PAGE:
As they say in the movies: Lights, Cameras, Action! We are going to start our tour on Hollywood Boulevard, which is lined with all kinds of shops, all of which are handicap accessible and should allow enough room for a wheelchair to navigate.
The first ride we come to on Hollywood Boulevard is The Great Movie Ride, which is located directly behind the large Sorcerer's Hat icon. This is a slow moving ride and to participate, you must be able to transfer from your wheelchair. Keep in mind, this ride is 22 minutes long and has several moments that could easily frighten children. Depending on your tour, you could be in the middle of a couple of different shootouts. There are animatronic snakes, mummies, aliens, and even an encounter with the Wicked Witch of the West. You travel on a continuous track and it only stops occasionally. For the most part, the effects are mild, but this ride does have a tendency to break down and if you are stuck in the Temple of Doom with snakes continuously coming out of the walls, it can be disturbing to little ones. This ride is marked as "may be frightening to children." You can use Handheld Captioning Devices on this ride.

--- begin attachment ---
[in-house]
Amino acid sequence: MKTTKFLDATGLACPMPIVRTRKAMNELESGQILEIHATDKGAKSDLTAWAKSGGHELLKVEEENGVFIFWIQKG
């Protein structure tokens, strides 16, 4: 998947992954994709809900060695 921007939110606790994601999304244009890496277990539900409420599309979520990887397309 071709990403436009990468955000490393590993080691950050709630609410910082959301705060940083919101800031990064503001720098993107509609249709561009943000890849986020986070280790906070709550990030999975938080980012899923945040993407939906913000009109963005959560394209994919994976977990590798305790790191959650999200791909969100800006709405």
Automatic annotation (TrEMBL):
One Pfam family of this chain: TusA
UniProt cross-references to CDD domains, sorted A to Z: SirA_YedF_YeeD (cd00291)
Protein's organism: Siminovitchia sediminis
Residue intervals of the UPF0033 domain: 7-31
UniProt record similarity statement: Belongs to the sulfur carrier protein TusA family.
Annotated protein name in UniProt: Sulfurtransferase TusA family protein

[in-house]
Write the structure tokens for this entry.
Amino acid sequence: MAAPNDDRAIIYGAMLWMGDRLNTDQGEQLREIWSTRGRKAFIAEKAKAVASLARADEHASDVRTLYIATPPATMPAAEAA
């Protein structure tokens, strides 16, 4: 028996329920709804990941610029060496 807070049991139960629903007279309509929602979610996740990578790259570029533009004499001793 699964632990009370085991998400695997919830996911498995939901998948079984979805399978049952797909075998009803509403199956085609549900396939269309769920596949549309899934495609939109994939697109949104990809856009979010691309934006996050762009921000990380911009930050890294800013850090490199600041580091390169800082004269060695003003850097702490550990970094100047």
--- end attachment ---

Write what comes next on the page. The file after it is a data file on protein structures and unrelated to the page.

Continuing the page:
After your tour of the movies, continue down Hollywood Boulevard where the next thing on the right is Sounds Dangerous - Staring Drew Carey. This show is done almost entirely in the dark. While funny and entertaining, if your children have a fear of the dark, or bees, this ride needs to be skipped. There is also a place at the end where you are squirted with water. This show is marked "may be frightening to children." This show is handicap accessible and you can use both Assistive Listening Devices and Handheld Captioning Devices.